MacLaren’s Imperial Sharp Cheddar Cheese. If you like a sharp cheddar flavour, this spreadable cheese is an excellent boat food, which lasts for months without refrigeration. Although the oil might separate a bit, just stir the cheese up. We’ve never had it go bad. I’m not sure how readily available it is outside of Canada.
La Vache Qui Rit (The Laughing Cow). Most likely you are familiar with these little triangles of creamy tastiness. Although we’d eaten this product before we went off-shore, we didn’t realize how great a boat food it was, until we picked some up in French Polynesia and discovered that it lasts very well (many months), even in the tropics. It also comes in various flavours.
Mini Babybel.Wax, of course, is commonly used to preserve cheese. We like to carry the small Babybel round wax-coated bites of gouda (other types and sizes are available) – the single-serving size means there is no worry about it going bad once opened. These keep for several months; the cheese will develop a stronger flavour over time.
Powdered Parmesan. Commercially-prepared powdered Parmesan (aka “shaky cheese”) is readily available, lasts well, and stores easily on the boat. It can enhance a wide variety of dishes.
Cheez Whiz. This processed product doesn’t really count as cheese but it certainly keeps well. The jar will say to refrigerate after opening but we have found that to be unnecessary. The “cheese” will darken over time though. Truthfully, we don’t use this product much since we figured out better tasting and more nutritious options.
Cheese in a Can. Easy Cheese is an example of this processed cheese that you spray out of a can. We got this once somewhere in the South Pacific when other options were limited. It’s fun and tasty enough, but the packaging is hard on our tree-hugging souls.
Squeezo. This is our name for the runny orange cheese goo one can get in Mexico – it comes in a plastic bag and you can squeeze the queso out onto your nachos. Before opening, it doesn’t need refrigeration and it lasts at least a couple of days after opening. We haven’t done thorough research on this product as we weren’t really sure what was in it and thought the flavour was not good enough to compensate for the extra calories.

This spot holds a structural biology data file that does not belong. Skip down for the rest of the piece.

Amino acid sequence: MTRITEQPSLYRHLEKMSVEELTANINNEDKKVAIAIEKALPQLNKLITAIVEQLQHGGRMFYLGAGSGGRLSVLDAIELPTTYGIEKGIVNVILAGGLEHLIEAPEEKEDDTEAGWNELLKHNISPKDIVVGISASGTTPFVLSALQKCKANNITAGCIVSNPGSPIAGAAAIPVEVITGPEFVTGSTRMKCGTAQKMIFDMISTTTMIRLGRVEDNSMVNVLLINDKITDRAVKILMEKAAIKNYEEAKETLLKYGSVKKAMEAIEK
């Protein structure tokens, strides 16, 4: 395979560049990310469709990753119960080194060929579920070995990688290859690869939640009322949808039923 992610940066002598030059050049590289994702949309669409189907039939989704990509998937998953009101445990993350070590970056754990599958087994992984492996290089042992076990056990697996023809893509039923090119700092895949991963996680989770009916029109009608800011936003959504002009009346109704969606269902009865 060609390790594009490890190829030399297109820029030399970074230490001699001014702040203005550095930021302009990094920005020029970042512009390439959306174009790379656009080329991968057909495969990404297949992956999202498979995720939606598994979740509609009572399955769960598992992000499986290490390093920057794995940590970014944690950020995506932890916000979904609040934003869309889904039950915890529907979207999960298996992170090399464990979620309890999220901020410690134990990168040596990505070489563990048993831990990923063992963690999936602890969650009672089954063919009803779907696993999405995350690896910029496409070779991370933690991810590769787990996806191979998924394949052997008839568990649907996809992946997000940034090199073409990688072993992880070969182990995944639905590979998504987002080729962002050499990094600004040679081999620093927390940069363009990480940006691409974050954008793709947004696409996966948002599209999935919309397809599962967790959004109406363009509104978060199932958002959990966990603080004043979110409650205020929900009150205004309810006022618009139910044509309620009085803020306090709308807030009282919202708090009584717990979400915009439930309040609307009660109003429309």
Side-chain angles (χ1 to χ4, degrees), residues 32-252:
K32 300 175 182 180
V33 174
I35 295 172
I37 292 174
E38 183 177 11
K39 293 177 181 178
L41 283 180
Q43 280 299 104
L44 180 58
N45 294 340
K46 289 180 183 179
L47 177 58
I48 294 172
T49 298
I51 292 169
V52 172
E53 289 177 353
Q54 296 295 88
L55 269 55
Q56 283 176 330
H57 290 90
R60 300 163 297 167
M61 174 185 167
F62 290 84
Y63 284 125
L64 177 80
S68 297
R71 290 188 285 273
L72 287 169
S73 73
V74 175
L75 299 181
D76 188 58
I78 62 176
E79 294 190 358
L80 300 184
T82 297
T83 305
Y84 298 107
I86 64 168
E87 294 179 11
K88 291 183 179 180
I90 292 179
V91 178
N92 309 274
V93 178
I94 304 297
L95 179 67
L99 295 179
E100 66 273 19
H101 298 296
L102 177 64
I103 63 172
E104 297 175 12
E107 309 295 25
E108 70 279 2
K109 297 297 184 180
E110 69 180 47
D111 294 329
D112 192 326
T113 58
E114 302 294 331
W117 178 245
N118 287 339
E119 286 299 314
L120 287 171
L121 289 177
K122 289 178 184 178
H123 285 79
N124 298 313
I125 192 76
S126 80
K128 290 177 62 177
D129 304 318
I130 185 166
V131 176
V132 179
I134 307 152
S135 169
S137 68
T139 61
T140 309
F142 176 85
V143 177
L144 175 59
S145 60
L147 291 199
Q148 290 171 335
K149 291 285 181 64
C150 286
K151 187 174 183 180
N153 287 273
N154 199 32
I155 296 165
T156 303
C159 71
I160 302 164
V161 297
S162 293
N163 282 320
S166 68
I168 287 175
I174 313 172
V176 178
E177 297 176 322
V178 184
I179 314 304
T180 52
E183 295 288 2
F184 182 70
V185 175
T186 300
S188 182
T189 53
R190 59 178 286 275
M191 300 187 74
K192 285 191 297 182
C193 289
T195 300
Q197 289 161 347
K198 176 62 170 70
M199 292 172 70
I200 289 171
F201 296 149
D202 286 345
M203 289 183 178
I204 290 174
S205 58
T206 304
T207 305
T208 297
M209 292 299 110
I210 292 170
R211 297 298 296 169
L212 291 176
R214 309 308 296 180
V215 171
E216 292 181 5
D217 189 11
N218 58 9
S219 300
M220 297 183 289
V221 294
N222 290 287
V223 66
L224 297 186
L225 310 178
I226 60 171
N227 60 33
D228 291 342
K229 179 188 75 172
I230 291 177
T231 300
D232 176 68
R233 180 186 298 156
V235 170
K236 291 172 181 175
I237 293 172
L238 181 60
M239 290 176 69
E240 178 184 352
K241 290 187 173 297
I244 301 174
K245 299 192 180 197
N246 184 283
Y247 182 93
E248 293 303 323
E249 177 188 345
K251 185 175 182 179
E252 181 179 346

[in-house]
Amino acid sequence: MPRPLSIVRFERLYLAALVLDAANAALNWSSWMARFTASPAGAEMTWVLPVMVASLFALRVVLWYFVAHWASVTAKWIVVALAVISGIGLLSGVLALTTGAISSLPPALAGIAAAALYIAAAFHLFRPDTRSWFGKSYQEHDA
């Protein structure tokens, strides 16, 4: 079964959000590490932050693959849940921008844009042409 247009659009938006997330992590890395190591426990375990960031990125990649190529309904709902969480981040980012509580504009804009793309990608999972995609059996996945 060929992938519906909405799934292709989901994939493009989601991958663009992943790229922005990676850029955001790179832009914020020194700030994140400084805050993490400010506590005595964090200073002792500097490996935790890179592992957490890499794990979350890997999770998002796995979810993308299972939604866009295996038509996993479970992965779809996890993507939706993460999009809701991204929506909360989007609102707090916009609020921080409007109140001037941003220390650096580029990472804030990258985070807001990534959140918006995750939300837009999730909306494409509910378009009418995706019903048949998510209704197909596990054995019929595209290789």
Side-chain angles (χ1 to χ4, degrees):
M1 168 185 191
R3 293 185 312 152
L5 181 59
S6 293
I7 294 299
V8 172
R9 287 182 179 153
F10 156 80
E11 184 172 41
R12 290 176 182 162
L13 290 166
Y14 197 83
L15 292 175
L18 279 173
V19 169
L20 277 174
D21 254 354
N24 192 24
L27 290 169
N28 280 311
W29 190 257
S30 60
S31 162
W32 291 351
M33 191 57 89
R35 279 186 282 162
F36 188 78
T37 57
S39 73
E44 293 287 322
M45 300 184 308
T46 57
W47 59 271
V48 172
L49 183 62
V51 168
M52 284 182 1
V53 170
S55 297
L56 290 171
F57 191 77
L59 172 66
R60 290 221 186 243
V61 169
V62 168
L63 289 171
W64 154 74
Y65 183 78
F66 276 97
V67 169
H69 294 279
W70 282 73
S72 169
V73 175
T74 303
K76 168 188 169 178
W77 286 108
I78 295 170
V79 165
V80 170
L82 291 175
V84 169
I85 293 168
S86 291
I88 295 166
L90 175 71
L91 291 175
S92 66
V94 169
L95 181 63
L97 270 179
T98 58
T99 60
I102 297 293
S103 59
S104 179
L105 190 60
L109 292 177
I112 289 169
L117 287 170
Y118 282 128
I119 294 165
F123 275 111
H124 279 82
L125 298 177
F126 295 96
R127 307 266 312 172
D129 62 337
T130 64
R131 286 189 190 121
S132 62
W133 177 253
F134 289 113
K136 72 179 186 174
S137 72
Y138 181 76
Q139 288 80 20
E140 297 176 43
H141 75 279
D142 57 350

Cheesies. OK, calling this cheese is even more questionable than the last three options, but sometimes you need a treat for happy hour. In Mexico we’ve seen Cheesie bags that were 4 feet high! The sheer excess of this was very enticing to one of us, but the other one very sensibly expressed several doubts, including concerns about where to store such a giant container of chemicals and air. We did get a much smaller bag and discovered that there was disappointingly little flavour (at least for that brand). Again, exhaustive research was lacking, but for my money, I’d stick with Canadian cheesies.
Curdle Your Own. One final option is to make your own cheese. The raw ingredient, milk, is easily available in powdered form (with the brands found in Mexico and the South Pacific being much superior to Canadian ones). Together with some enzyme tablets, a thermometer, and a lot of water, you can create your own batch of mild cheese whenever needed. As noted earlier, save the whey for use in cooking!
Hopefully this article has provided you with food for thought. Although there may be other reasons for mariners, both young and ancient, to avoid long passages and remote anchorages, lack of cheese need not be one of them. Even without refrigeration, there are many ways to preserve and store this versatile and tasty sustenance. You may not be able to eat exactly the same things you do when on shore but that’s all part of the adventure.